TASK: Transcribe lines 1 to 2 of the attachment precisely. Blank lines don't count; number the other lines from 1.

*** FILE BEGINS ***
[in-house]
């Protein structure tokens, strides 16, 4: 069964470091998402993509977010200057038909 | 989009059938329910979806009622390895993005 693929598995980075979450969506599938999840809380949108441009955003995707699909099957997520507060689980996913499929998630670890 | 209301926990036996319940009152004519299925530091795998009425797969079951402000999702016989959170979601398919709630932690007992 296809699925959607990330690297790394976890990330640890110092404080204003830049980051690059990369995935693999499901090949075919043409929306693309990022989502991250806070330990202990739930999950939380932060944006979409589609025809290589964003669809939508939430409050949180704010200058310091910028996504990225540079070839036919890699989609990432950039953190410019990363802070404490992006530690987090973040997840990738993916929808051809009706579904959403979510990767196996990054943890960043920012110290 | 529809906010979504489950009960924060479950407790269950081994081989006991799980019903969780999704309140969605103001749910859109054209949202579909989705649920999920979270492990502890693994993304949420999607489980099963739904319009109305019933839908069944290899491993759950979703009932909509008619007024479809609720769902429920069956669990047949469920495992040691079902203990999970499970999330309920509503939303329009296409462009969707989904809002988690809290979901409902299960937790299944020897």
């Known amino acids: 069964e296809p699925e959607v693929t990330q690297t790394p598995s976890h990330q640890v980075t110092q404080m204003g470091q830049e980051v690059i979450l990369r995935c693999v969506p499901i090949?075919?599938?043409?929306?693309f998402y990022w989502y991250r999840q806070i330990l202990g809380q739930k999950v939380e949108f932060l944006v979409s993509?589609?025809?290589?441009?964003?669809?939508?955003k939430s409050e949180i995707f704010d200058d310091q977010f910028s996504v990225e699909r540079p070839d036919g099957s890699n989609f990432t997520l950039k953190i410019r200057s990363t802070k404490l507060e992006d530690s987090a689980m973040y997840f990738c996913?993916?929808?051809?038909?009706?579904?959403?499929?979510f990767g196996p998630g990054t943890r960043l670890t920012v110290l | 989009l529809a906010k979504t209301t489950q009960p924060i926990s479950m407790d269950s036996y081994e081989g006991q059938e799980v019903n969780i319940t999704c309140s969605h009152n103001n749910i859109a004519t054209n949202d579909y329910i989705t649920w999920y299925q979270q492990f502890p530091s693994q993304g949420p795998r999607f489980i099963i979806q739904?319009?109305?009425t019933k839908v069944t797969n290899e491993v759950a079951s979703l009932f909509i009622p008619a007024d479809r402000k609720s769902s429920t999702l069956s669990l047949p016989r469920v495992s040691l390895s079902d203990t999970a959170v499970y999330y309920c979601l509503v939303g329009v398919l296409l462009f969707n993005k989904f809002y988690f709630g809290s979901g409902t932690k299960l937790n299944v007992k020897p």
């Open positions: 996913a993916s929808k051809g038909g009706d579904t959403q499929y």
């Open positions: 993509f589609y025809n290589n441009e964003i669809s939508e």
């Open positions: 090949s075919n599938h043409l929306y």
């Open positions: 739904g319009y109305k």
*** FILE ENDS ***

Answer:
[in-house]
């Protein structure tokens, strides 16, 4: 069964470091998402993509977010200057038909 | 989009059938329910979806009622390895993005 693929598995980075979450969506599938999840809380949108441009955003995707699909099957997520507060689980996913499929998630670890 | 209301926990036996319940009152004519299925530091795998009425797969079951402000999702016989959170979601398919709630932690007992 296809699925959607990330690297790394976890990330640890110092404080204003830049980051690059990369995935693999499901090949075919043409929306693309990022989502991250806070330990202990739930999950939380932060944006979409589609025809290589964003669809939508939430409050949180704010200058310091910028996504990225540079070839036919890699989609990432950039953190410019990363802070404490992006530690987090973040997840990738993916929808051809009706579904959403979510990767196996990054943890960043920012110290 | 529809906010979504489950009960924060479950407790269950081994081989006991799980019903969780999704309140969605103001749910859109054209949202579909989705649920999920979270492990502890693994993304949420999607489980099963739904319009109305019933839908069944290899491993759950979703009932909509008619007024479809609720769902429920069956669990047949469920495992040691079902203990999970499970999330309920509503939303329009296409462009969707989904809002988690809290979901409902299960937790299944020897």